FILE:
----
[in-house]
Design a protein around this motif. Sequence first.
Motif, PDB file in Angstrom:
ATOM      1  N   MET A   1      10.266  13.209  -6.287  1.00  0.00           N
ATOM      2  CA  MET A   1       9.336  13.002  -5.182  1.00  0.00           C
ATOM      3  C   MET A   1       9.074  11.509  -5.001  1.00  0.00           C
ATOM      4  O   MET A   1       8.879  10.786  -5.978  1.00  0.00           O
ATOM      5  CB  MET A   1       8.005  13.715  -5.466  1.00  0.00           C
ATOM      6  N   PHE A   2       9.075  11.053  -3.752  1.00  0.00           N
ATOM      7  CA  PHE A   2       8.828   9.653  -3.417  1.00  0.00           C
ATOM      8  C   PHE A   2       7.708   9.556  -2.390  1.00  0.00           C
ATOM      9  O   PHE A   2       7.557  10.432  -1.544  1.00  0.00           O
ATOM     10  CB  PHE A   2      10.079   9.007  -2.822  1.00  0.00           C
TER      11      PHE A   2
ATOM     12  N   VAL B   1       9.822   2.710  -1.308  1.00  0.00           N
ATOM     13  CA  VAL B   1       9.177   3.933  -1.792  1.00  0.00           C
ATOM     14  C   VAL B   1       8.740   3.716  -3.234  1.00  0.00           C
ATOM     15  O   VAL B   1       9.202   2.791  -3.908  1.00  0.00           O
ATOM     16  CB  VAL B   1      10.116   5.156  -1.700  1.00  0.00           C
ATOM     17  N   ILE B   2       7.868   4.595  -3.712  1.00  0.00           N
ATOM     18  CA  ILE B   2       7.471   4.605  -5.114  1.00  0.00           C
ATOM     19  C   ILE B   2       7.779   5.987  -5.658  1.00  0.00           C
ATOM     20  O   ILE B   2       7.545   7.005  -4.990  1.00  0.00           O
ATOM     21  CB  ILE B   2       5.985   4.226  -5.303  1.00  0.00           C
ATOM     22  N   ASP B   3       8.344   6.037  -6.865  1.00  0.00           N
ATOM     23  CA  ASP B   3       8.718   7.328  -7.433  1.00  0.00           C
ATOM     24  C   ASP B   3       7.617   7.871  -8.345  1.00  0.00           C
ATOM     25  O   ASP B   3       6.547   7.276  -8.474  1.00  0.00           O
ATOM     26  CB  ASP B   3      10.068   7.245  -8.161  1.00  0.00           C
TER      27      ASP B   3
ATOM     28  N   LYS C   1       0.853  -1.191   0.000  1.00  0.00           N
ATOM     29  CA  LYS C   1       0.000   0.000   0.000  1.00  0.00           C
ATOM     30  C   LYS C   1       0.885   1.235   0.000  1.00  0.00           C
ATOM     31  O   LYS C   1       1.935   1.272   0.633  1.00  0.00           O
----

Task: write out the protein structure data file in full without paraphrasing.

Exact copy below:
[in-house]
Design a protein around this motif. Sequence first.
Motif, PDB file in Angstrom:
ATOM      1  N   MET A   1      10.266  13.209  -6.287  1.00  0.00           N
ATOM      2  CA  MET A   1       9.336  13.002  -5.182  1.00  0.00           C
ATOM      3  C   MET A   1       9.074  11.509  -5.001  1.00  0.00           C
ATOM      4  O   MET A   1       8.879  10.786  -5.978  1.00  0.00           O
ATOM      5  CB  MET A   1       8.005  13.715  -5.466  1.00  0.00           C
ATOM      6  N   PHE A   2       9.075  11.053  -3.752  1.00  0.00           N
ATOM      7  CA  PHE A   2       8.828   9.653  -3.417  1.00  0.00           C
ATOM      8  C   PHE A   2       7.708   9.556  -2.390  1.00  0.00           C
ATOM      9  O   PHE A   2       7.557  10.432  -1.544  1.00  0.00           O
ATOM     10  CB  PHE A   2      10.079   9.007  -2.822  1.00  0.00           C
TER      11      PHE A   2
ATOM     12  N   VAL B   1       9.822   2.710  -1.308  1.00  0.00           N
ATOM     13  CA  VAL B   1       9.177   3.933  -1.792  1.00  0.00           C
ATOM     14  C   VAL B   1       8.740   3.716  -3.234  1.00  0.00           C
ATOM     15  O   VAL B   1       9.202   2.791  -3.908  1.00  0.00           O
ATOM     16  CB  VAL B   1      10.116   5.156  -1.700  1.00  0.00           C
ATOM     17  N   ILE B   2       7.868   4.595  -3.712  1.00  0.00           N
ATOM     18  CA  ILE B   2       7.471   4.605  -5.114  1.00  0.00           C
ATOM     19  C   ILE B   2       7.779   5.987  -5.658  1.00  0.00           C
ATOM     20  O   ILE B   2       7.545   7.005  -4.990  1.00  0.00           O
ATOM     21  CB  ILE B   2       5.985   4.226  -5.303  1.00  0.00           C
ATOM     22  N   ASP B   3       8.344   6.037  -6.865  1.00  0.00           N
ATOM     23  CA  ASP B   3       8.718   7.328  -7.433  1.00  0.00           C
ATOM     24  C   ASP B   3       7.617   7.871  -8.345  1.00  0.00           C
ATOM     25  O   ASP B   3       6.547   7.276  -8.474  1.00  0.00           O
ATOM     26  CB  ASP B   3      10.068   7.245  -8.161  1.00  0.00           C
TER      27      ASP B   3
ATOM     28  N   LYS C   1       0.853  -1.191   0.000  1.00  0.00           N
ATOM     29  CA  LYS C   1       0.000   0.000   0.000  1.00  0.00           C
ATOM     30  C   LYS C   1       0.885   1.235   0.000  1.00  0.00           C
ATOM     31  O   LYS C   1       1.935   1.272   0.633  1.00  0.00           O